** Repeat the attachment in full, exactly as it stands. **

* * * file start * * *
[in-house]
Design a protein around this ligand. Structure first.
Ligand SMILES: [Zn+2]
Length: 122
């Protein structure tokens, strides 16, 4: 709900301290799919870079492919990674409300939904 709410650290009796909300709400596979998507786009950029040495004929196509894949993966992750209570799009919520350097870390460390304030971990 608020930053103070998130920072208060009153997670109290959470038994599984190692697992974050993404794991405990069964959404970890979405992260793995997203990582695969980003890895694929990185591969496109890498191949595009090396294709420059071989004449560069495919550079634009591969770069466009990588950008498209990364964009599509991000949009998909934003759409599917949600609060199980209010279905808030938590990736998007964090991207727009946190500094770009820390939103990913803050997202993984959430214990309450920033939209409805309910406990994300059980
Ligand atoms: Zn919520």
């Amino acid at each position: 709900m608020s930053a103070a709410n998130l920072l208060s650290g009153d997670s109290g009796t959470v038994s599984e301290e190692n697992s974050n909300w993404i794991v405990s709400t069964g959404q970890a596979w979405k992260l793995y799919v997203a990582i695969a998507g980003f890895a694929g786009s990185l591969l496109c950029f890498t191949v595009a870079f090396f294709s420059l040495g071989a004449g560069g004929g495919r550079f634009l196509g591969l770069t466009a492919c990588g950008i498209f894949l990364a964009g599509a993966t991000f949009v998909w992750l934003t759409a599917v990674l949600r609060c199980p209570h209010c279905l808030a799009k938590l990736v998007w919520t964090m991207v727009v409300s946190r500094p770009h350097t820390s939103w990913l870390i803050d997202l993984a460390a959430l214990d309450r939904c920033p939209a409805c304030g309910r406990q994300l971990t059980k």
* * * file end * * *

[in-house]
Design a protein around this ligand. Structure first.
Ligand SMILES: [Zn+2]
Length: 122
């Protein structure tokens, strides 16, 4: 709900301290799919870079492919990674409300939904 709410650290009796909300709400596979998507786009950029040495004929196509894949993966992750209570799009919520350097870390460390304030971990 608020930053103070998130920072208060009153997670109290959470038994599984190692697992974050993404794991405990069964959404970890979405992260793995997203990582695969980003890895694929990185591969496109890498191949595009090396294709420059071989004449560069495919550079634009591969770069466009990588950008498209990364964009599509991000949009998909934003759409599917949600609060199980209010279905808030938590990736998007964090991207727009946190500094770009820390939103990913803050997202993984959430214990309450920033939209409805309910406990994300059980
Ligand atoms: Zn919520």
């Amino acid at each position: 709900m608020s930053a103070a709410n998130l920072l208060s650290g009153d997670s109290g009796t959470v038994s599984e301290e190692n697992s974050n909300w993404i794991v405990s709400t069964g959404q970890a596979w979405k992260l793995y799919v997203a990582i695969a998507g980003f890895a694929g786009s990185l591969l496109c950029f890498t191949v595009a870079f090396f294709s420059l040495g071989a004449g560069g004929g495919r550079f634009l196509g591969l770069t466009a492919c990588g950008i498209f894949l990364a964009g599509a993966t991000f949009v998909w992750l934003t759409a599917v990674l949600r609060c199980p209570h209010c279905l808030a799009k938590l990736v998007w919520t964090m991207v727009v409300s946190r500094p770009h350097t820390s939103w990913l870390i803050d997202l993984a460390a959430l214990d309450r939904c920033p939209a409805c304030g309910r406990q994300l971990t059980k």